Meanwhile, Qasim Rizvi was rallying the Sunni Muslim population across the state to fight for the Hyderabad State independence, while being headquartered at Dar-us-Salam. Rizvi styled himself as a military general, saluting his foot soldiers from the grandstand of his party headquarters, for which he sold all of his property.
Rizvi was an excellent orator with fiery speeches, much like his predecessor Bahadur Yar Jung who was supposedly assassinated in 1944. But Rizvi mobilized the Muslim proletariat across the state on a scale never seen before (estimated 200,000 Razakars). The Razakar motto was heard all over the state, ‘Maadar Hyderabad: Paindabad’ (Mother Hyderabad Be Eternal).
Surah Al Anam 127
“For them is the abode of peace with their Lord, and He is their guardian for what they used to do”
The Quranic verse written over the center of the pavilion at Darus Salam. Flanked by Iqbal’s poems on both sides.
Qasim Rizvi sent the armed Razakar bands to bordering districts to fight the Congress and Communist ‘raiders’. For context, in Telangana, most of the rural areas were under the control of the Communist Party of India (CPI), which was leading a peasant rebellion against landlords or Jagirdars. It began in 1946, and continued even after Hyderabad’s annexation, until 1951, when the CPI decided to join the mainstream and called-off the rebellion.
On August 31 1948, the Indian Government demanded the Hyderabad Government to ban the Razakars for causing communal violence. By this time, the administrative power of the Hyderabad Government was crippled as Qasim Rizvi was indirectly running or influencing Prime Minister Mir Laiq Ali, who has always been considered as being partial to the MIM.
A Hyderabad delegation led by Moin Nawaz Jung, the then Finance and External Affairs Minister (also brother-in-law of Laiq Ali) had presented Hyderabad’s case to the United Nations Security Council on 12 September 1948 to prevent the subsequent ‘invasion’ by India. However, the move bore no fruit as by 22 September the Nizam had withdrawn the case from the Security Council after surrendering to the Indian Union.
On 11 September 1948, the newly formed Pakistan was mourning the death of its Quaid-e-Azam Muhammad Ali Jinnah and was in no position to fight a war with India over Hyderabad as they did in Kashmir in ‘47. Sardar Patel knew the time had come for the final nail in Hyderabad State’s coffin.
On 13 September, the Indian Army led by JN Chaudhuri entered Hyderabad territories from three fronts and occupied major cities in the first two days. The Razakars stationed at the border offered token resistance to the battle-hardened Indian Army who had returned from World War 2 just three years ago. The Indian Army was superior in numbers as well as weapon and technology, as the airstrikes by the Indian Air Force cleared the path of Razakars.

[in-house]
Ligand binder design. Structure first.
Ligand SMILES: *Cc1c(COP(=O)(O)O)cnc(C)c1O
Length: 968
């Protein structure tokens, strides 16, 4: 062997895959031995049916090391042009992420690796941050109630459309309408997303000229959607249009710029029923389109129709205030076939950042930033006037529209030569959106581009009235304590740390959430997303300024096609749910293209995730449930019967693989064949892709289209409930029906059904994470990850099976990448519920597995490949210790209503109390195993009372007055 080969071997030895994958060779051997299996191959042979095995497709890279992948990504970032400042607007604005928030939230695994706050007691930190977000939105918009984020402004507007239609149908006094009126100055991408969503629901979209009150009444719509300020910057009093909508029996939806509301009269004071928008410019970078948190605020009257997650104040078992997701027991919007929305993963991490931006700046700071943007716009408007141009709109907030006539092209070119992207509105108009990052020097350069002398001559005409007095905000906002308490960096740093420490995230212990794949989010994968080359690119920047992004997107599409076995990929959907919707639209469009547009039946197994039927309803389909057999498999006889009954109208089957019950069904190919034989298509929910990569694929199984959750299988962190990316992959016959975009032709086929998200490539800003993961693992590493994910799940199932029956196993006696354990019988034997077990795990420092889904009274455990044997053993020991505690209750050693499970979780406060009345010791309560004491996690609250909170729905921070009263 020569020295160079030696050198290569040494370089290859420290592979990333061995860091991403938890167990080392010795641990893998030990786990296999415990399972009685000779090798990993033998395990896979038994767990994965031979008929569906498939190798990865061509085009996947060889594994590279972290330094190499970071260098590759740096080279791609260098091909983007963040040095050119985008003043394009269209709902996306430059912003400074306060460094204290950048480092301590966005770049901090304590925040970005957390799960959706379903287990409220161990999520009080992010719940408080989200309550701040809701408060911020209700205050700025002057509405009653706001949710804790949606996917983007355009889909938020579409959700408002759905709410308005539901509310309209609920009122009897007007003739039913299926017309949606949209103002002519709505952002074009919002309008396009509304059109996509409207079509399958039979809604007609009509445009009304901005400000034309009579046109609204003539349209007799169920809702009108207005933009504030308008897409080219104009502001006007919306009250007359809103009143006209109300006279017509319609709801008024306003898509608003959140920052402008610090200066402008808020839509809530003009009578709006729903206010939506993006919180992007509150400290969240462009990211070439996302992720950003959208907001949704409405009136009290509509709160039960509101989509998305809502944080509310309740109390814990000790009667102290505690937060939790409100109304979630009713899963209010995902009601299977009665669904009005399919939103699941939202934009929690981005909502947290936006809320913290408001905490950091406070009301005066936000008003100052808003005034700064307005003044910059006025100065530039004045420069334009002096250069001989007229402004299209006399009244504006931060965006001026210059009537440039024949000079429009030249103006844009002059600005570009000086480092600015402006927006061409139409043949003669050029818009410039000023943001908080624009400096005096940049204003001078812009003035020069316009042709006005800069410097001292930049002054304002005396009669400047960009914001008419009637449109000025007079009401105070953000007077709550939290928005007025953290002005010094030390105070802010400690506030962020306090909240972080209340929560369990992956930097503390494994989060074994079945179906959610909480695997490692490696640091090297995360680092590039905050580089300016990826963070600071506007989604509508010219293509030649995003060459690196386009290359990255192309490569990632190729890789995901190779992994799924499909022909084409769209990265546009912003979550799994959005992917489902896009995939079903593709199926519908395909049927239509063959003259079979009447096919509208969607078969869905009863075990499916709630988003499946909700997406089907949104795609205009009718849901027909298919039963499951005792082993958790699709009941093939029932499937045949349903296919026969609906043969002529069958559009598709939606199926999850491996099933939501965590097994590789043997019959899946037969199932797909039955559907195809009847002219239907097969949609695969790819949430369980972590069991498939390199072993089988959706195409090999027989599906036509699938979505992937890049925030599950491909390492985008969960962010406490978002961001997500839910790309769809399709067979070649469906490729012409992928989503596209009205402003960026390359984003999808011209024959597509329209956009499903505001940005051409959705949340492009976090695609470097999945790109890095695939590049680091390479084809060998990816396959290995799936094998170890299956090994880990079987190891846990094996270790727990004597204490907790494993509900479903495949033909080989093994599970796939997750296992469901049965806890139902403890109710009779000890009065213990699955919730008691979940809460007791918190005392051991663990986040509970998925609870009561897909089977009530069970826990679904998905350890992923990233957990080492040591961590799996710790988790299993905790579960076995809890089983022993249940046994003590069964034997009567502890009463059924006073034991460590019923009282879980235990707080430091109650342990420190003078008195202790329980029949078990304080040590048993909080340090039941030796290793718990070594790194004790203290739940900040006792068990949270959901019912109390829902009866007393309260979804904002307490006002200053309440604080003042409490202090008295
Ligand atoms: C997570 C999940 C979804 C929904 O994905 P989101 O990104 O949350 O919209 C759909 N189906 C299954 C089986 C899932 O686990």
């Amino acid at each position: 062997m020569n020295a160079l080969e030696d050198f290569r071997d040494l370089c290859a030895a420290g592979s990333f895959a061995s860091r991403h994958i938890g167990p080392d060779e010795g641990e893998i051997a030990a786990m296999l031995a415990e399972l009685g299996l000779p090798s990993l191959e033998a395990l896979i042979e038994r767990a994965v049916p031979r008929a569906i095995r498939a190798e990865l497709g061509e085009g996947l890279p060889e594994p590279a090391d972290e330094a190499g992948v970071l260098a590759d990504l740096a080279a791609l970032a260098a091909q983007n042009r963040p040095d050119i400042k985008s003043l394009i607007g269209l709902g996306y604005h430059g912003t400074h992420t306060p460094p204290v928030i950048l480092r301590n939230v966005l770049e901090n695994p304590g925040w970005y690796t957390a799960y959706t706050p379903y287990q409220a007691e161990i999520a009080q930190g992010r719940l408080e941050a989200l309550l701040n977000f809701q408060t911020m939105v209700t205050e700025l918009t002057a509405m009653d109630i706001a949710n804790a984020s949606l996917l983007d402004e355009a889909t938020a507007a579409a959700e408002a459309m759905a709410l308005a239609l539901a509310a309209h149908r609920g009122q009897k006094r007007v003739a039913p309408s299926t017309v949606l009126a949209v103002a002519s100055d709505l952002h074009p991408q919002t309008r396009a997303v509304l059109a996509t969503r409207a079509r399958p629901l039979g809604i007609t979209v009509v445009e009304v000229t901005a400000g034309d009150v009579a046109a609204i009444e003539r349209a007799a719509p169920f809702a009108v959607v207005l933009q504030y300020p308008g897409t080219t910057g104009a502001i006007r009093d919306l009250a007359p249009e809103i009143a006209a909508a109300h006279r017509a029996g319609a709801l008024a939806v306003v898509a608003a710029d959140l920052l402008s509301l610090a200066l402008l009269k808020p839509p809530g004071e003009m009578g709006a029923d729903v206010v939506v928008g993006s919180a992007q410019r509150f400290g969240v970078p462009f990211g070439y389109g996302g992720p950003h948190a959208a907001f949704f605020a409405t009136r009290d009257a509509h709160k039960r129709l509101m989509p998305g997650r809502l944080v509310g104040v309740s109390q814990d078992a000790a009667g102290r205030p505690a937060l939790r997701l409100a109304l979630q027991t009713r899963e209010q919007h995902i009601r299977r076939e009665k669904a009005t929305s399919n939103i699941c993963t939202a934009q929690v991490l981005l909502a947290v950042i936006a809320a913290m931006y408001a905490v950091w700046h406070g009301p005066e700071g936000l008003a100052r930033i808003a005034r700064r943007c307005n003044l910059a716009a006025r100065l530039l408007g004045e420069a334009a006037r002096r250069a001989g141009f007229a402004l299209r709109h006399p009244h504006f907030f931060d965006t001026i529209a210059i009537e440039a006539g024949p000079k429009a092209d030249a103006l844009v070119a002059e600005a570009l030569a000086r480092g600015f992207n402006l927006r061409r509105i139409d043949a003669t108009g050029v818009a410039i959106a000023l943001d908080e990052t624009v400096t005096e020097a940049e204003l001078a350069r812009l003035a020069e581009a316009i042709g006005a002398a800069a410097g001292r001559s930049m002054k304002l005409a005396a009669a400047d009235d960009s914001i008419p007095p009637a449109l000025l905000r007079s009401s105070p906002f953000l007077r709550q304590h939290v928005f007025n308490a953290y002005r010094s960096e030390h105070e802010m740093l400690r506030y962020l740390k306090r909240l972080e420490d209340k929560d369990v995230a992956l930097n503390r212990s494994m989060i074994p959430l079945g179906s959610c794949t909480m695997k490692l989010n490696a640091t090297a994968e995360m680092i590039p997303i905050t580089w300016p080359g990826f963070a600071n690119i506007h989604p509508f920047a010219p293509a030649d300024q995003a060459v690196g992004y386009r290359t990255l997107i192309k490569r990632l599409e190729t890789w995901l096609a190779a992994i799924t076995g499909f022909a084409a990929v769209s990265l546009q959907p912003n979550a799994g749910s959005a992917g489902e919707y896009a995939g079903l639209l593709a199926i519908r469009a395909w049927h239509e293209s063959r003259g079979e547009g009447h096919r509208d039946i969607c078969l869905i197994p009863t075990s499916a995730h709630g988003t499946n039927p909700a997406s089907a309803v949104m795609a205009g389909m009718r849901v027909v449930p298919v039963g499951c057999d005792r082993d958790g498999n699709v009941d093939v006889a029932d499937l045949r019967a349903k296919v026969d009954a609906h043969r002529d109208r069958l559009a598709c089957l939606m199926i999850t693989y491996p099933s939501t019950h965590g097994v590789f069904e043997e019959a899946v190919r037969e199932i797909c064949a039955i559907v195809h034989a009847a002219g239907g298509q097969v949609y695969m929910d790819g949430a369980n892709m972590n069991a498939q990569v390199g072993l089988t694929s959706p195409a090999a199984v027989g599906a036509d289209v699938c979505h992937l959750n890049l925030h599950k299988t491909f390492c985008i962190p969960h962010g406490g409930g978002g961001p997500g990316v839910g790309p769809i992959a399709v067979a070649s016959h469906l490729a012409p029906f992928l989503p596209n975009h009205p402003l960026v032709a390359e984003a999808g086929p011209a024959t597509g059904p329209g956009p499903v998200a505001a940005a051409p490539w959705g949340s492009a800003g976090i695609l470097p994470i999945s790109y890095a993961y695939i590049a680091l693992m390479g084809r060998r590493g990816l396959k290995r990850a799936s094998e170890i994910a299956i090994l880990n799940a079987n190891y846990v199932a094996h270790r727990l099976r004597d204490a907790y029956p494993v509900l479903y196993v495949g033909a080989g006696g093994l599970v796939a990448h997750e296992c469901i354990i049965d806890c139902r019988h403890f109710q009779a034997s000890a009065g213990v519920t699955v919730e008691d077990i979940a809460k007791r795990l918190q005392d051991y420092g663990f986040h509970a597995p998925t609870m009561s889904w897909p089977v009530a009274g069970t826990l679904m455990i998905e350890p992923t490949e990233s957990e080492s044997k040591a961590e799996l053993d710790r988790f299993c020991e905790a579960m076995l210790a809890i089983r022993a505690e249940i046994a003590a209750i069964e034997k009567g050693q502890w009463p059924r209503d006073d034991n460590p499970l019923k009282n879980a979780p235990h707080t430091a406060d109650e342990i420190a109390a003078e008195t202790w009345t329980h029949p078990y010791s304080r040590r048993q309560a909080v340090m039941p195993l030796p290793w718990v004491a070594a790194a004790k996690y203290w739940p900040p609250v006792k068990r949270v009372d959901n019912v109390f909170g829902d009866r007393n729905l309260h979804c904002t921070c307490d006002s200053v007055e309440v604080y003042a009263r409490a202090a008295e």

Prime Minister Laiq Ali resigned. The Hyderabad government resigned and Major Syed Ahmed El Edroos ordered his soldiers to standby and not engage with the Indian army. On 17 September, the Nizam surrendered Hyderabad to the Indian Union before the Army could attack. Most of the state, barring the capital city of Hyderabad, was tense and going through bouts of violence sporadically.
Hyderabad city was pretty much left unharmed by Operation Polo, the codename of the ‘Police Action’ by the Indian Army against the Hyderabad State. It is very unusual in military takeovers that capital cities are left unscratched.
Despite significant losses of life in the precursor to Operation Polo, violence continued across the State for days. The Sunderlal Committee had reported conservative figures of 27,000 to 40,000 Muslims killed in the duration and aftermath of Operation Polo, and also mentioned that most of the loss of lives had taken place in Razakar strongholds, essentially suggesting that it was a result of anger among the populace due to prior Razakar atrocities.
(The author is an architecture student who researches on Hyderabad’s history, and runs Deccan Archive, a Hyderabad-based Instagram page which documents the city’s and Deccan history)